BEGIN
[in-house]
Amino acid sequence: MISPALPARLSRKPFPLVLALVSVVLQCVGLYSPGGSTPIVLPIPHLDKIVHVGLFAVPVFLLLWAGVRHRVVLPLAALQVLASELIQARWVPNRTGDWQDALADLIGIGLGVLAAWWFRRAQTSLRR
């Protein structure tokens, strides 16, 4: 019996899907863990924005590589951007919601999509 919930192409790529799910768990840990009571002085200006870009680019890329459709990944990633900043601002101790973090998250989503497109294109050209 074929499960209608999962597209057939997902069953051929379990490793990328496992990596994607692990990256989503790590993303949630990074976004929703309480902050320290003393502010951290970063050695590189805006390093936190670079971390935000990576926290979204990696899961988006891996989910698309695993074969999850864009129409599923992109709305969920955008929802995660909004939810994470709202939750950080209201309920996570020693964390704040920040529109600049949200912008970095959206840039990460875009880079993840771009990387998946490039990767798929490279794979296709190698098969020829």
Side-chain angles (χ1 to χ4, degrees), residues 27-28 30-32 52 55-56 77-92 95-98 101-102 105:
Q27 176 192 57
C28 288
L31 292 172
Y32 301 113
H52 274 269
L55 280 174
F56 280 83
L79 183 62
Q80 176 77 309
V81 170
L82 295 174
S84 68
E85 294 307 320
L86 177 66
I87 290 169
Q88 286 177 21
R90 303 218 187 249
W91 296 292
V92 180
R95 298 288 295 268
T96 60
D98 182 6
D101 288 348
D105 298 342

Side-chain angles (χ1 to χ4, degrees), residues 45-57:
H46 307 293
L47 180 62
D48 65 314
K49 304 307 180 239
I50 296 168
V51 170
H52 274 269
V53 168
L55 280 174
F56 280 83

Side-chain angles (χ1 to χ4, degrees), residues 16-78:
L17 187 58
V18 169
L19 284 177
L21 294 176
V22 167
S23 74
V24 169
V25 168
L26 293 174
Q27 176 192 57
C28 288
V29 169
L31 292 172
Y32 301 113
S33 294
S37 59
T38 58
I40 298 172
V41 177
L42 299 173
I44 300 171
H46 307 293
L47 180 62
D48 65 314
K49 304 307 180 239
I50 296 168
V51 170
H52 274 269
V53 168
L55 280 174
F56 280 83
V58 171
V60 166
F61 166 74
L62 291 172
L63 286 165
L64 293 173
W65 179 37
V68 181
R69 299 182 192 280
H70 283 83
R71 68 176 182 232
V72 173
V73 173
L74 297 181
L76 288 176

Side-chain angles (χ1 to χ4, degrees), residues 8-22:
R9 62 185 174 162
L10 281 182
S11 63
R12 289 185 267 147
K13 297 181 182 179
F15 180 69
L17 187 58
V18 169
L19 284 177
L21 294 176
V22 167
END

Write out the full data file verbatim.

[in-house]
Amino acid sequence: MISPALPARLSRKPFPLVLALVSVVLQCVGLYSPGGSTPIVLPIPHLDKIVHVGLFAVPVFLLLWAGVRHRVVLPLAALQVLASELIQARWVPNRTGDWQDALADLIGIGLGVLAAWWFRRAQTSLRR
């Protein structure tokens, strides 16, 4: 019996899907863990924005590589951007919601999509 919930192409790529799910768990840990009571002085200006870009680019890329459709990944990633900043601002101790973090998250989503497109294109050209 074929499960209608999962597209057939997902069953051929379990490793990328496992990596994607692990990256989503790590993303949630990074976004929703309480902050320290003393502010951290970063050695590189805006390093936190670079971390935000990576926290979204990696899961988006891996989910698309695993074969999850864009129409599923992109709305969920955008929802995660909004939810994470709202939750950080209201309920996570020693964390704040920040529109600049949200912008970095959206840039990460875009880079993840771009990387998946490039990767798929490279794979296709190698098969020829």
Side-chain angles (χ1 to χ4, degrees), residues 27-28 30-32 52 55-56 77-92 95-98 101-102 105:
Q27 176 192 57
C28 288
L31 292 172
Y32 301 113
H52 274 269
L55 280 174
F56 280 83
L79 183 62
Q80 176 77 309
V81 170
L82 295 174
S84 68
E85 294 307 320
L86 177 66
I87 290 169
Q88 286 177 21
R90 303 218 187 249
W91 296 292
V92 180
R95 298 288 295 268
T96 60
D98 182 6
D101 288 348
D105 298 342

Side-chain angles (χ1 to χ4, degrees), residues 45-57:
H46 307 293
L47 180 62
D48 65 314
K49 304 307 180 239
I50 296 168
V51 170
H52 274 269
V53 168
L55 280 174
F56 280 83

Side-chain angles (χ1 to χ4, degrees), residues 16-78:
L17 187 58
V18 169
L19 284 177
L21 294 176
V22 167
S23 74
V24 169
V25 168
L26 293 174
Q27 176 192 57
C28 288
V29 169
L31 292 172
Y32 301 113
S33 294
S37 59
T38 58
I40 298 172
V41 177
L42 299 173
I44 300 171
H46 307 293
L47 180 62
D48 65 314
K49 304 307 180 239
I50 296 168
V51 170
H52 274 269
V53 168
L55 280 174
F56 280 83
V58 171
V60 166
F61 166 74
L62 291 172
L63 286 165
L64 293 173
W65 179 37
V68 181
R69 299 182 192 280
H70 283 83
R71 68 176 182 232
V72 173
V73 173
L74 297 181
L76 288 176

Side-chain angles (χ1 to χ4, degrees), residues 8-22:
R9 62 185 174 162
L10 281 182
S11 63
R12 289 185 267 147
K13 297 181 182 179
F15 180 69
L17 187 58
V18 169
L19 284 177
L21 294 176
V22 167